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Research Spending & Results

Award Detail

Awardee:AUBURN UNIVERSITY
Doing Business As Name:Auburn University
PD/PI:
  • Kyle D Schulze
  • (334) 844-3452
  • kds0069@auburn.edu
Award Date:04/28/2021
Estimated Total Award Amount: $ 216,634
Funds Obligated to Date: $ 216,634
  • FY 2021=$216,634
Start Date:08/01/2021
End Date:07/31/2024
Transaction Type:Grant
Agency:NSF
Awarding Agency Code:4900
Funding Agency Code:4900
CFDA Number:47.041
Primary Program Source:040100 NSF RESEARCH & RELATED ACTIVIT
Award Title or Description:Collaborative Research: In Vitro Epithelial Lubrication: Collective Motion, Mechanics, and Fluid Transport
Federal Award ID Number:2104441
DUNS ID:066470972
Parent DUNS ID:066470972
Program:BMMB-Biomech & Mechanobiology
Program Officer:
  • Laurel Kuxhaus
  • (703) 292-4465
  • lkuxhaus@nsf.gov

Awardee Location

Street:VPRED, Research & Innovation Ctr
City:Auburn
State:AL
ZIP:36832-0001
County:
Country:US
Awardee Cong. District:03

Primary Place of Performance

Organization Name:Auburn University
Street:1418 Wiggins Hall
City:Auburn University
State:AL
ZIP:36849-5341
County:Auburn University
Country:US
Cong. District:03

Abstract at Time of Award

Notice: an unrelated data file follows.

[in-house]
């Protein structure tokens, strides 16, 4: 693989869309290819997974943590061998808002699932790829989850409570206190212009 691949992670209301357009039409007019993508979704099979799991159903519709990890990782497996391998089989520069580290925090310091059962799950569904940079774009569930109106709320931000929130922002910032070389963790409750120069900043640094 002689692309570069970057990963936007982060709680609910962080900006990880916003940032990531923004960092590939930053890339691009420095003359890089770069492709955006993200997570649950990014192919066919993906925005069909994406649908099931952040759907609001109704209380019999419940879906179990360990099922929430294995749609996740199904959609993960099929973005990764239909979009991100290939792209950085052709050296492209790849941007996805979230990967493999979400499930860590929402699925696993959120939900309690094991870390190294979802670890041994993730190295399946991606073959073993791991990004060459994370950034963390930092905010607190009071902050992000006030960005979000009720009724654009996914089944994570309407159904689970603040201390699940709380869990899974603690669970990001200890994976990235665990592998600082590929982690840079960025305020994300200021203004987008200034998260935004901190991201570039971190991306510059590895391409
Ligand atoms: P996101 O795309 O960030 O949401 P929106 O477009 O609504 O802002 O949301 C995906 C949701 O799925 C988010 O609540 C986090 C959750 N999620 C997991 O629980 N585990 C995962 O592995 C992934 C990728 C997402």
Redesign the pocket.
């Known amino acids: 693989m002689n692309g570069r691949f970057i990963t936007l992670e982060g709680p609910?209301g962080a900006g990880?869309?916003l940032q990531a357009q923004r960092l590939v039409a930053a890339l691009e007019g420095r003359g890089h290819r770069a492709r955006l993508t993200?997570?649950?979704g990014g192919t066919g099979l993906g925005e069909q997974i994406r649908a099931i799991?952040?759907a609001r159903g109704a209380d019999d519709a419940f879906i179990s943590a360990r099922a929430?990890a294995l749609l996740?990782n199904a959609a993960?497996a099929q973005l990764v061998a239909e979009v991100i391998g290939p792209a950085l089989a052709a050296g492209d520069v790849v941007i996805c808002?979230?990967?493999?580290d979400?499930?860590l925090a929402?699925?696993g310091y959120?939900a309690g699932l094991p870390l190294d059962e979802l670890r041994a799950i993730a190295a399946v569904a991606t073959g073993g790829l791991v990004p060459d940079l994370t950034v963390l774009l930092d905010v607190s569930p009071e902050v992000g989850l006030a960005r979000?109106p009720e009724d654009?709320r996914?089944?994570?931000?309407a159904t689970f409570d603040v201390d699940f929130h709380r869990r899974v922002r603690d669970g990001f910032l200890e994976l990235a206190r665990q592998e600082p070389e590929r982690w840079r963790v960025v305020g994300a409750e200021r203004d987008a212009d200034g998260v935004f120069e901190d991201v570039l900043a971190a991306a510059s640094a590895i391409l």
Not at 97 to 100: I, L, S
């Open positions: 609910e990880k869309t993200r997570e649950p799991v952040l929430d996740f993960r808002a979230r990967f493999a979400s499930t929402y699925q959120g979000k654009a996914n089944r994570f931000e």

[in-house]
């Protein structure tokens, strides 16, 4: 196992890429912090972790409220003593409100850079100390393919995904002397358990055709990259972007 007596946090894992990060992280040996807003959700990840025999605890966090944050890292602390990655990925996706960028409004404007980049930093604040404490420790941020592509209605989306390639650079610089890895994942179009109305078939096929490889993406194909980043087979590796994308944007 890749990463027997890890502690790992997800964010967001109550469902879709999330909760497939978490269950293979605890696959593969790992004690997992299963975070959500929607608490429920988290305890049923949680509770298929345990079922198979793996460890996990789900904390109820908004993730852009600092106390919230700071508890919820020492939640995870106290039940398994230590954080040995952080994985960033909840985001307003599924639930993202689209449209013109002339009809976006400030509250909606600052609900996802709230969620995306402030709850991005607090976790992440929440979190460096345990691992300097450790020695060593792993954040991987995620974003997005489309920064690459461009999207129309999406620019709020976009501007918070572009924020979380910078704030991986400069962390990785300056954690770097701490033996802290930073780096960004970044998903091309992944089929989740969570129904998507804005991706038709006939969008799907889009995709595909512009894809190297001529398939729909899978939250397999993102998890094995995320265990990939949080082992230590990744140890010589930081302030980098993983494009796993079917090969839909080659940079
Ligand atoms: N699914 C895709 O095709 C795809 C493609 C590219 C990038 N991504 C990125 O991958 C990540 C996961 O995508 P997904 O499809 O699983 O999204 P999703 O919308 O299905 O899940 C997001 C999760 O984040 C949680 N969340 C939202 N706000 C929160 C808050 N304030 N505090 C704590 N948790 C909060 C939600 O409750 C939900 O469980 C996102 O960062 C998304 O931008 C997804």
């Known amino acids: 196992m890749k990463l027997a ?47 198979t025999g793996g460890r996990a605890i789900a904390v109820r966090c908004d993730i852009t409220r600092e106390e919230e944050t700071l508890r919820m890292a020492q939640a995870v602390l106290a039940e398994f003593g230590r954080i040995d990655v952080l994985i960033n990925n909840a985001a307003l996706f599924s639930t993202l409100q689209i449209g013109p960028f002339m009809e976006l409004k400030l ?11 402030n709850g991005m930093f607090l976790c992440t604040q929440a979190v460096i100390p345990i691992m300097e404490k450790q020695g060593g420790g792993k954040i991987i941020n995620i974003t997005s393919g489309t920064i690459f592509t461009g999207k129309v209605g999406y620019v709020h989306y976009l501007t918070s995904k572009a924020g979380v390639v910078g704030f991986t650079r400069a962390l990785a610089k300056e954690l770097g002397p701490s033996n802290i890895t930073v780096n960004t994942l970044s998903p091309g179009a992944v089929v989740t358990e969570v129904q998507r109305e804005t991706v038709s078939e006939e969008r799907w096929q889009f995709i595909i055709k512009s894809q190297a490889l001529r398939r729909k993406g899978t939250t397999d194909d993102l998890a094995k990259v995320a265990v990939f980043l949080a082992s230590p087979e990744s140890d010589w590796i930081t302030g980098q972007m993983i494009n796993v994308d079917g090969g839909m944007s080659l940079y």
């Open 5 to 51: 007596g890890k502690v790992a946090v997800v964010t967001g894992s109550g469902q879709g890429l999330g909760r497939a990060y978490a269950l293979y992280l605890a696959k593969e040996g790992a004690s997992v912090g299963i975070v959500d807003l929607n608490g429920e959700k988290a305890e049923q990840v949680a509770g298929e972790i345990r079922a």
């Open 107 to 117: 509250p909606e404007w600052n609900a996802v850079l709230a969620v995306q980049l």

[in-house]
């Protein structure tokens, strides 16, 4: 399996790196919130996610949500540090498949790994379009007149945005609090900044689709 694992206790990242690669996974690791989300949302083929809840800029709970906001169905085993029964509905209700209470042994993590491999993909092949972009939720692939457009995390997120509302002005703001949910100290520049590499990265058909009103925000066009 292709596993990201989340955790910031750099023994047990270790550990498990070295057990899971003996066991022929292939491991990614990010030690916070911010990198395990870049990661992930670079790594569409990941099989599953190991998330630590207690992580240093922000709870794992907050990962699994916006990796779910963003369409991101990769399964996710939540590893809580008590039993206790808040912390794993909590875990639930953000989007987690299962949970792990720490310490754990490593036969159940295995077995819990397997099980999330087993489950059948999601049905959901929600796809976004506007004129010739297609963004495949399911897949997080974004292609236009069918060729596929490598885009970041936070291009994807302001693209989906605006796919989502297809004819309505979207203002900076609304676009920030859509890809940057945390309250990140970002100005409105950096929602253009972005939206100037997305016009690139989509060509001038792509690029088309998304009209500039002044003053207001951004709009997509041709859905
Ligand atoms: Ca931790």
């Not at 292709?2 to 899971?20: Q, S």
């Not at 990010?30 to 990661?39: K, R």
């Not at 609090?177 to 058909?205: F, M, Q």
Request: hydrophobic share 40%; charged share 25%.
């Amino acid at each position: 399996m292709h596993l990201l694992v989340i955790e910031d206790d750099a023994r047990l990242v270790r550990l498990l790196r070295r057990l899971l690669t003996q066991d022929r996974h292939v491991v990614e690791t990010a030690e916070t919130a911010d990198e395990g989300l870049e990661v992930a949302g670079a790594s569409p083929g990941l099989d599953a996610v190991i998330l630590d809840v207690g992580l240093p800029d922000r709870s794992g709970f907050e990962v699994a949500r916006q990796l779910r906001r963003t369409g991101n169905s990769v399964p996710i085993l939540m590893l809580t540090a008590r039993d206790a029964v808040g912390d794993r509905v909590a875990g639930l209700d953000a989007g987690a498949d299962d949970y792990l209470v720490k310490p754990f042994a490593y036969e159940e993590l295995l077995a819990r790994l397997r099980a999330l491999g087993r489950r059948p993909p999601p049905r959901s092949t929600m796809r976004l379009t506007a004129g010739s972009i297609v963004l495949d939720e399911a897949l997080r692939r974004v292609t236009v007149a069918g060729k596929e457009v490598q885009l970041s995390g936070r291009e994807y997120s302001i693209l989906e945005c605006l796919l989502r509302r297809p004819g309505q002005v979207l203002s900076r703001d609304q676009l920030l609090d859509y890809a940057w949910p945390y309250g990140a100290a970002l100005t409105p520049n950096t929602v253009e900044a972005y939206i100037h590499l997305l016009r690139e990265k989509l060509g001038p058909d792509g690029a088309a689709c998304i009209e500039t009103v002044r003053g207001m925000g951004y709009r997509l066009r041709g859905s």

The research supported by this grant will generate new knowledge about how human epithelial tissues function and endure damage. Epithelial tissues are the thin protective layers of cells that cover the inner and outer surfaces of organs. Throughout the body, one of the main functions of epithelial surfaces is lubrication. However, most of our understanding of epithelial lubrication comes from the study of fluids at epithelial surfaces, neglecting the mechanical behaviors of the cells themselves. This award supports fundamental research to establish the connection between epithelial lubrication and the mechanical behaviors of cells in monolayers. Pharmaceutical interventions are known to alter the mechanical properties of cells and tissues. These will be used to uncover the underlying mechanical contributions to epithelial lubrication. This new knowledge will increase understanding of diseases of the epithelium and identify new potential therapies. Therefore, results from this research will ultimately benefit human health and society. This research brings together several disciplines including tribology (the study of friction and wear), cell mechanics, active matter physics, and physiology. The convergence of multiple disciplines and the potential societal impacts of this work will aid in broadening participation of traditionally underrepresented groups in research and expand engineering education. The research aims to discover new principles of monolayer lubrication, guided by the central hypothesis that the mechanically relevant timescales associated with cell motion and intercellular fluid transport in monolayers generate multiple distinct regimes of lubrication. The rationale for this work is that new perspectives on epithelial tissue function and pathologies will emerge from rebuilding current understanding of epithelial lubrication on a foundation derived from collective cell motion and mechanics. The research team will classify and quantify collective motion in different types of monolayer, establish how cell motion and monolayer properties control indentation dynamics, and develop lubrication curves with connections to collective cell motion and monolayer material and transport properties. Living analogs to classic lubrication phenomena like fluid "squeeze films," poroelasticity, boundary lubrication, mixed lubrication, and hydrodynamic lubrication will be linked to collective cell motion, mechanics, and intercellular fluid transport. This award reflects NSF's statutory mission and has been deemed worthy of support through evaluation using the Foundation's intellectual merit and broader impacts review criteria.

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